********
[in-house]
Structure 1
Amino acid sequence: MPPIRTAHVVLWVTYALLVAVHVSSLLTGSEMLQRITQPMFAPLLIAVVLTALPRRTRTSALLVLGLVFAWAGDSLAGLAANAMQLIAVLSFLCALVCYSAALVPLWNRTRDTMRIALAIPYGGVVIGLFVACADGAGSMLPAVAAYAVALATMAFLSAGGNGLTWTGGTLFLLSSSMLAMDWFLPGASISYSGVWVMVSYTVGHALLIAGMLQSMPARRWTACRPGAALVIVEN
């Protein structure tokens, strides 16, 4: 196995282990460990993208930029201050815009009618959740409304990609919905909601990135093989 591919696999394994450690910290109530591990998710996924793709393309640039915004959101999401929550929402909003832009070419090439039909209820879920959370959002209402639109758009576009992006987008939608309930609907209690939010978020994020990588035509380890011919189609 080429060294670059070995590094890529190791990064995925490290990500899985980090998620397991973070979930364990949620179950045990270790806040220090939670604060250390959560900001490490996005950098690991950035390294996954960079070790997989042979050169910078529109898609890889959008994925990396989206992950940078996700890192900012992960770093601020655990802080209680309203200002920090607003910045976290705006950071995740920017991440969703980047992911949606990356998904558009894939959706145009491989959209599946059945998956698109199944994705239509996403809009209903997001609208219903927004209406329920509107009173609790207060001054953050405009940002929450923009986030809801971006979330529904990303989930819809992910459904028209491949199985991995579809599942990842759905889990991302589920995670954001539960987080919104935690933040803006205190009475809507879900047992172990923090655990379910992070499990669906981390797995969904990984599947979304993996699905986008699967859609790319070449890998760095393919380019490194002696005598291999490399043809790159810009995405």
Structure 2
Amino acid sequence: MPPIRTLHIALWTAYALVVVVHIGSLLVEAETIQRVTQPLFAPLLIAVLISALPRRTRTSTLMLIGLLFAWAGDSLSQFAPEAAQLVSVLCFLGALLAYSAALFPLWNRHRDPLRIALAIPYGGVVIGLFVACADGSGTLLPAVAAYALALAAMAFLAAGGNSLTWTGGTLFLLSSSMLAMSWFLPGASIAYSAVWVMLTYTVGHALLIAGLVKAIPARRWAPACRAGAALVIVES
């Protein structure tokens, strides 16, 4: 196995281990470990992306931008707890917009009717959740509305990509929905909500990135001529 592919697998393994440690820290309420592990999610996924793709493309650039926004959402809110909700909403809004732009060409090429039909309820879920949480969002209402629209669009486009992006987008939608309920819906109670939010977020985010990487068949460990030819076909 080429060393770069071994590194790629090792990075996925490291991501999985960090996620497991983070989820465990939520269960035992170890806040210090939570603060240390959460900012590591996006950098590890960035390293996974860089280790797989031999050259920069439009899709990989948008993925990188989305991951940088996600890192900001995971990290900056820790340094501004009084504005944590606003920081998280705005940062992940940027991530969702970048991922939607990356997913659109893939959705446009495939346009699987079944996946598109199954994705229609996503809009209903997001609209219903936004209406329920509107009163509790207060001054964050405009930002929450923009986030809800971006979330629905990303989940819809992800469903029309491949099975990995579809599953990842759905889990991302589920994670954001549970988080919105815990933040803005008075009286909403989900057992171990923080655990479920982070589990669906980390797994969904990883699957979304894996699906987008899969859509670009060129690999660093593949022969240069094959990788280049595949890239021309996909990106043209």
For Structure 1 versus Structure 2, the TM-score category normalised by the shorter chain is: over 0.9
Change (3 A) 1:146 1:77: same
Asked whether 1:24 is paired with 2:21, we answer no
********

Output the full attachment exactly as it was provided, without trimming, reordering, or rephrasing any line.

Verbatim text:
[in-house]
Structure 1
Amino acid sequence: MPPIRTAHVVLWVTYALLVAVHVSSLLTGSEMLQRITQPMFAPLLIAVVLTALPRRTRTSALLVLGLVFAWAGDSLAGLAANAMQLIAVLSFLCALVCYSAALVPLWNRTRDTMRIALAIPYGGVVIGLFVACADGAGSMLPAVAAYAVALATMAFLSAGGNGLTWTGGTLFLLSSSMLAMDWFLPGASISYSGVWVMVSYTVGHALLIAGMLQSMPARRWTACRPGAALVIVEN
């Protein structure tokens, strides 16, 4: 196995282990460990993208930029201050815009009618959740409304990609919905909601990135093989 591919696999394994450690910290109530591990998710996924793709393309640039915004959101999401929550929402909003832009070419090439039909209820879920959370959002209402639109758009576009992006987008939608309930609907209690939010978020994020990588035509380890011919189609 080429060294670059070995590094890529190791990064995925490290990500899985980090998620397991973070979930364990949620179950045990270790806040220090939670604060250390959560900001490490996005950098690991950035390294996954960079070790997989042979050169910078529109898609890889959008994925990396989206992950940078996700890192900012992960770093601020655990802080209680309203200002920090607003910045976290705006950071995740920017991440969703980047992911949606990356998904558009894939959706145009491989959209599946059945998956698109199944994705239509996403809009209903997001609208219903927004209406329920509107009173609790207060001054953050405009940002929450923009986030809801971006979330529904990303989930819809992910459904028209491949199985991995579809599942990842759905889990991302589920995670954001539960987080919104935690933040803006205190009475809507879900047992172990923090655990379910992070499990669906981390797995969904990984599947979304993996699905986008699967859609790319070449890998760095393919380019490194002696005598291999490399043809790159810009995405």
Structure 2
Amino acid sequence: MPPIRTLHIALWTAYALVVVVHIGSLLVEAETIQRVTQPLFAPLLIAVLISALPRRTRTSTLMLIGLLFAWAGDSLSQFAPEAAQLVSVLCFLGALLAYSAALFPLWNRHRDPLRIALAIPYGGVVIGLFVACADGSGTLLPAVAAYALALAAMAFLAAGGNSLTWTGGTLFLLSSSMLAMSWFLPGASIAYSAVWVMLTYTVGHALLIAGLVKAIPARRWAPACRAGAALVIVES
């Protein structure tokens, strides 16, 4: 196995281990470990992306931008707890917009009717959740509305990509929905909500990135001529 592919697998393994440690820290309420592990999610996924793709493309650039926004959402809110909700909403809004732009060409090429039909309820879920949480969002209402629209669009486009992006987008939608309920819906109670939010977020985010990487068949460990030819076909 080429060393770069071994590194790629090792990075996925490291991501999985960090996620497991983070989820465990939520269960035992170890806040210090939570603060240390959460900012590591996006950098590890960035390293996974860089280790797989031999050259920069439009899709990989948008993925990188989305991951940088996600890192900001995971990290900056820790340094501004009084504005944590606003920081998280705005940062992940940027991530969702970048991922939607990356997913659109893939959705446009495939346009699987079944996946598109199954994705229609996503809009209903997001609209219903936004209406329920509107009163509790207060001054964050405009930002929450923009986030809800971006979330629905990303989940819809992800469903029309491949099975990995579809599953990842759905889990991302589920994670954001549970988080919105815990933040803005008075009286909403989900057992171990923080655990479920982070589990669906980390797994969904990883699957979304894996699906987008899969859509670009060129690999660093593949022969240069094959990788280049595949890239021309996909990106043209």
For Structure 1 versus Structure 2, the TM-score category normalised by the shorter chain is: over 0.9
Change (3 A) 1:146 1:77: same
Asked whether 1:24 is paired with 2:21, we answer no